It has taken me a long time to be able to say the words, “this is me…and I’m okay” and truly believe it.
I work at Walden’s Dunwoody Residential Program and I am pursuing what I believe to be my life’s calling. I am here to walk the journey with my patients, help them work through the emotions and ultimately find their inner strength. If I can help empower people who are having a difficult time to find hope and courage, then my day is complete.
I now have control over the important areas of my life. I no longer need to micro manage the food I consume – but it wasn’t always this way.
I had some curve balls come my way early in life that caused me enormous pain. My twin sister and I were born three months prematurely which meant that we had to take steroids for many of our early years. My twin sister was always small and petite. She was cute, had friends and I wanted to look like her. When I was 24 years old, a professor who I looked up to told me that I would be beautiful if I just lost some weight. This happened at a very vulnerable time for me as I was watching my high school and college friends begin to fall in love and get married. I began to convince myself that the reason I didn’t have dates or wasn’t falling in love was because I wasn’t considered ‘beautiful.’ I did weight watchers and loved the points system… a bit too much.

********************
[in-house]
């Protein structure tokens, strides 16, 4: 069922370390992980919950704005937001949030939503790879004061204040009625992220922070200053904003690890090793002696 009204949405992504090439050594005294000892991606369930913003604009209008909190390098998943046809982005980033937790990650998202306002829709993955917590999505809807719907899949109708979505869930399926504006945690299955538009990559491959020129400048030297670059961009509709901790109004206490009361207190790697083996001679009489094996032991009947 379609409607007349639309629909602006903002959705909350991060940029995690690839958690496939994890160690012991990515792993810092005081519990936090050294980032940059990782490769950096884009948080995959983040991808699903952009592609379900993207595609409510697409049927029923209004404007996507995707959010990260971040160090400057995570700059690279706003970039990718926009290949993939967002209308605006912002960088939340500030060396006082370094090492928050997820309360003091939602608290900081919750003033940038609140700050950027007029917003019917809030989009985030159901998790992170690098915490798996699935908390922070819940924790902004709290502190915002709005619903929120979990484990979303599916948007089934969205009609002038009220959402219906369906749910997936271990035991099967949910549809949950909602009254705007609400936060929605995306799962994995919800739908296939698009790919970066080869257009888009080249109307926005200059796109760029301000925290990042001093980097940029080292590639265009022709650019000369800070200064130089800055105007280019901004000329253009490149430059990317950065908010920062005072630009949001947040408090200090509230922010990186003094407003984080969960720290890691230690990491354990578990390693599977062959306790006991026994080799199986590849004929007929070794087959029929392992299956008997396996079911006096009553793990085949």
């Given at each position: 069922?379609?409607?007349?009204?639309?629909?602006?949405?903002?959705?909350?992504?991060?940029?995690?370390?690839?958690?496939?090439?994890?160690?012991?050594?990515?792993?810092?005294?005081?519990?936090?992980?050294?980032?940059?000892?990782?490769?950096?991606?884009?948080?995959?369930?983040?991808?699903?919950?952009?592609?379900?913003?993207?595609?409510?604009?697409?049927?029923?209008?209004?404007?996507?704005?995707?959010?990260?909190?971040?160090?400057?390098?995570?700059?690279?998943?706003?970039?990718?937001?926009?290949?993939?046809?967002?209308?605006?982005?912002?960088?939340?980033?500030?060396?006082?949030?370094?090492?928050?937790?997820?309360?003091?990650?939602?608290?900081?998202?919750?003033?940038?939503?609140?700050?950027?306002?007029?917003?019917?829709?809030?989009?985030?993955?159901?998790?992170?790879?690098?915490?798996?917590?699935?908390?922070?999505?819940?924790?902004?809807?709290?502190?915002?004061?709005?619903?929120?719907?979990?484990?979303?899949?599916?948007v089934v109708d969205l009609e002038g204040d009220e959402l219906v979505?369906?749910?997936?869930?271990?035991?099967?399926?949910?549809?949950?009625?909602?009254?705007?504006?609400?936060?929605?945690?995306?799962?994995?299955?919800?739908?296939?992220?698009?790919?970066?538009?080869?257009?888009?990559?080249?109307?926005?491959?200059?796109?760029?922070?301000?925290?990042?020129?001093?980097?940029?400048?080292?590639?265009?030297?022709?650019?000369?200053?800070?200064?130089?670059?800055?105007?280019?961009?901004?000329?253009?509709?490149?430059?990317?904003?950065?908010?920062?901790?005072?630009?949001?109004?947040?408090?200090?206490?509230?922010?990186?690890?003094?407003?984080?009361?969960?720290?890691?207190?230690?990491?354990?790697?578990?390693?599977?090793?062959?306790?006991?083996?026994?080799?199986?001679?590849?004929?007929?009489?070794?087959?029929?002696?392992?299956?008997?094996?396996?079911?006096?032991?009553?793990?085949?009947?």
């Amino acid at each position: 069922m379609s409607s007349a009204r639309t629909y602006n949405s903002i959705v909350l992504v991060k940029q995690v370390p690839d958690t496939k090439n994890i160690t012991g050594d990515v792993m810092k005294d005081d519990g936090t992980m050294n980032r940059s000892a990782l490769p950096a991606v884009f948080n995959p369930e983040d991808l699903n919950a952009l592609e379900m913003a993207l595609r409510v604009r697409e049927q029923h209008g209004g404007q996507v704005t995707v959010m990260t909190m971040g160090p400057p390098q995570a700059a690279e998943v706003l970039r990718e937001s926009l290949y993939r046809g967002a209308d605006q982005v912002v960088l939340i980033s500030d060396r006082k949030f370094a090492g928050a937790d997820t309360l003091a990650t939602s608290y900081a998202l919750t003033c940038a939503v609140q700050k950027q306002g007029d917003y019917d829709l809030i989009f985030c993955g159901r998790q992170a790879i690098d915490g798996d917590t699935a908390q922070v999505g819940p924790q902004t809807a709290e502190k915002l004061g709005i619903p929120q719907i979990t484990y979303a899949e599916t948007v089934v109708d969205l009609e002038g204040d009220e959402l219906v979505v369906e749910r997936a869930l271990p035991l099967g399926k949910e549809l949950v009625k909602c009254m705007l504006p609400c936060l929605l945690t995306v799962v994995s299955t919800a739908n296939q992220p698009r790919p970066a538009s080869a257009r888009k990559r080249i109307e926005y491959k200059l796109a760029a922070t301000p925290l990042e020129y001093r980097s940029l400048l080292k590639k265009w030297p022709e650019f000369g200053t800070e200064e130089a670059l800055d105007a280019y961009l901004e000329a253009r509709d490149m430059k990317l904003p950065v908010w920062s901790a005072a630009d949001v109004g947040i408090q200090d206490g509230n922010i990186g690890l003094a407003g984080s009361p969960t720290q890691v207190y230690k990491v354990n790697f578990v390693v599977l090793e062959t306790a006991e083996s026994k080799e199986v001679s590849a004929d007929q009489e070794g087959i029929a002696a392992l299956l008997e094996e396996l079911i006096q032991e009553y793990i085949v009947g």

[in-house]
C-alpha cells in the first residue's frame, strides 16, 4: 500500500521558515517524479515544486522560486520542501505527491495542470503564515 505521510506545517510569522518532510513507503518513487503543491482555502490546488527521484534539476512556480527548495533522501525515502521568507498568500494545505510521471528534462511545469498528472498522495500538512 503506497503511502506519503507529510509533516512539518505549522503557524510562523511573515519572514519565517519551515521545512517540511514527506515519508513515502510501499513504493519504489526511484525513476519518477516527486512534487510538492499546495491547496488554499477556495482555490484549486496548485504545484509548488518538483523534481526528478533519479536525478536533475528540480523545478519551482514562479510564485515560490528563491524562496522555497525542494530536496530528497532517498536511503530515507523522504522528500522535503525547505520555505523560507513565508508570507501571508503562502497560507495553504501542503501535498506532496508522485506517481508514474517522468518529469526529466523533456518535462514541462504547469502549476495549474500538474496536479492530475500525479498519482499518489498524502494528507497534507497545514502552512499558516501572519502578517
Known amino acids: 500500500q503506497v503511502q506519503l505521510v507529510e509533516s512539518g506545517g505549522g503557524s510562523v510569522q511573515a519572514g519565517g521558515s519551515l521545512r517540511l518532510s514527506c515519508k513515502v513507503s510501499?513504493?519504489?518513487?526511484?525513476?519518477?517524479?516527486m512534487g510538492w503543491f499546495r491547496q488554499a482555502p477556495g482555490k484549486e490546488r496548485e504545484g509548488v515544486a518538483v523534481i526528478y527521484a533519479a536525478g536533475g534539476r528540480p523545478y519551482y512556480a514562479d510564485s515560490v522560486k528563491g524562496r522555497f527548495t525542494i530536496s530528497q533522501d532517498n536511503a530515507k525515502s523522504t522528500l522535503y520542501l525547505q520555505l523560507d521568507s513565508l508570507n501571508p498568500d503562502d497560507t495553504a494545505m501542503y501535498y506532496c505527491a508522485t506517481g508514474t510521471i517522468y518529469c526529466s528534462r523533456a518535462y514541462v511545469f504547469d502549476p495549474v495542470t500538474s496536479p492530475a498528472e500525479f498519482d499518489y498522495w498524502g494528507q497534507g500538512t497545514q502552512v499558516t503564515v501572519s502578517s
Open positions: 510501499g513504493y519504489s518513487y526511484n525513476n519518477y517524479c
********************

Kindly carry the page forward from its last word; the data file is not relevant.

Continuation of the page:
No one in my family knew what an eating disorder was, including me. After losing a significant amount of weight in a short period of time, I was at a critically low weight. I was freezing all the time and wearing two or three pairs of pants to work during southern summers. Finally, I decided to enter treatment in a psychiatric hospital that was owned by a religious ministry. They told me that they had experience working with people living with eating disorders like anorexia – but when I arrived, they told me that eating disorders occurred as a result of a committed sin.
That theory collided with an early life trauma that began to come out. I tried to tell my parents what was going on but because we were Southern Baptists, speaking of the abuse that I endured was unheard of. I suffered in silence continuing to believe that the abuse was my fault.
Insurance was forcing me in and out of different treatment centers. Despite being told I would never recover from the eating disorder, I met some wonderful providers who supported and cared for me. Their passion and empathy helped me to want to get better and find a better way to live.
Slowly, I began to take hold of my own life. I began to have a healthier relationship with myself and with food too. As I began to get better, I became passionate about helping others who were impacted by eating disorders. I completed my master’s degree and am finishing my second Master’s degree in Marriage and Family Therapy because I am determined to become like the caregivers that had been so good to me.
Our stories need to be heard. If my story can help one person get the support they need and deserve, I am happy. You won’t find anyone more committed or passionate about the importance of the human connection, person to person care and what a transformative impact it can have.
This is me and I’m ok.
Diann is passionate about helping others overcome life’s challenges and succeed at life. She is currently completing a 2nd Master’s Degree in Marriage and Family Therapy from Northcentral University. She has done extensive coursework in trauma, adolescents, spirituality and addictions. Her desire is to walk alongside clients helping them to uncover the solutions they need to calm their emotional storm. In her free time, she enjoys all things Disney, watching sports (GO DAWGS) and hanging out with friends and family.